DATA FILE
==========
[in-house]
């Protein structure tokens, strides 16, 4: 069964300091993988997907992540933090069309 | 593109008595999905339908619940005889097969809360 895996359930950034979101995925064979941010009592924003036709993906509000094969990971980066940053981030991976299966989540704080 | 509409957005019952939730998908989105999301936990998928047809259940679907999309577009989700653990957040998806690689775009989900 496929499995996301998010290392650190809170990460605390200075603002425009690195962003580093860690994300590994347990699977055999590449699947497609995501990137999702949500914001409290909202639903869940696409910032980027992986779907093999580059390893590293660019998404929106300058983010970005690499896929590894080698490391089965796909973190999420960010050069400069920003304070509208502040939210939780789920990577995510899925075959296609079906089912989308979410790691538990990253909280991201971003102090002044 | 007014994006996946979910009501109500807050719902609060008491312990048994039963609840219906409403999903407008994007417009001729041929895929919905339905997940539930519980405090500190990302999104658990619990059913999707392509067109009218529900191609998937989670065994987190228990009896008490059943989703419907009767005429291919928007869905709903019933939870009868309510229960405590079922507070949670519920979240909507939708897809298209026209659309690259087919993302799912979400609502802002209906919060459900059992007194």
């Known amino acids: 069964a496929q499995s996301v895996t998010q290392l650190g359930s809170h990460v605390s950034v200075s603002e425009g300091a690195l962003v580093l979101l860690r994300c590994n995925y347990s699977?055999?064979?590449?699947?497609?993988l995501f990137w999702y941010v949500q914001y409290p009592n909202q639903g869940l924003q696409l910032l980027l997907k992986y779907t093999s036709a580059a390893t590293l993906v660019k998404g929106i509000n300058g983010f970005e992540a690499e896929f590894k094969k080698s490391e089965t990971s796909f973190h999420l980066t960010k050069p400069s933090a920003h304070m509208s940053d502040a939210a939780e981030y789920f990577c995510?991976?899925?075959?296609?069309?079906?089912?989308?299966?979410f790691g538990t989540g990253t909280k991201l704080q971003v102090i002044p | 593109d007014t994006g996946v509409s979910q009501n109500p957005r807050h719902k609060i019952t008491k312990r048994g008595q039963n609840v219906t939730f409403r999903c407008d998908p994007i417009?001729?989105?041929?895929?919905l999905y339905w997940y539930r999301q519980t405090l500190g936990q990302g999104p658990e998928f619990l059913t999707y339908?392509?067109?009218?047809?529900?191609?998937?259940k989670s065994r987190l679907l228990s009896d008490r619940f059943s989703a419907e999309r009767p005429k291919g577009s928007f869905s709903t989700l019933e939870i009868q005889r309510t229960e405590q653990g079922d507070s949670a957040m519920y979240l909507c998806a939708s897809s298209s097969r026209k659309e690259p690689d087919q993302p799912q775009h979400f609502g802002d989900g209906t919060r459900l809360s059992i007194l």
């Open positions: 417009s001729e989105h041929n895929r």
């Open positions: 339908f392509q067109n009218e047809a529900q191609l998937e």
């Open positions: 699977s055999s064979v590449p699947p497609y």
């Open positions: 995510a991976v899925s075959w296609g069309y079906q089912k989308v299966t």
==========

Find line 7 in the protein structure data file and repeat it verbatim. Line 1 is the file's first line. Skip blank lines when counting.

């Open positions: 995510a991976v899925s075959w296609g069309y079906q089912k989308v299966t």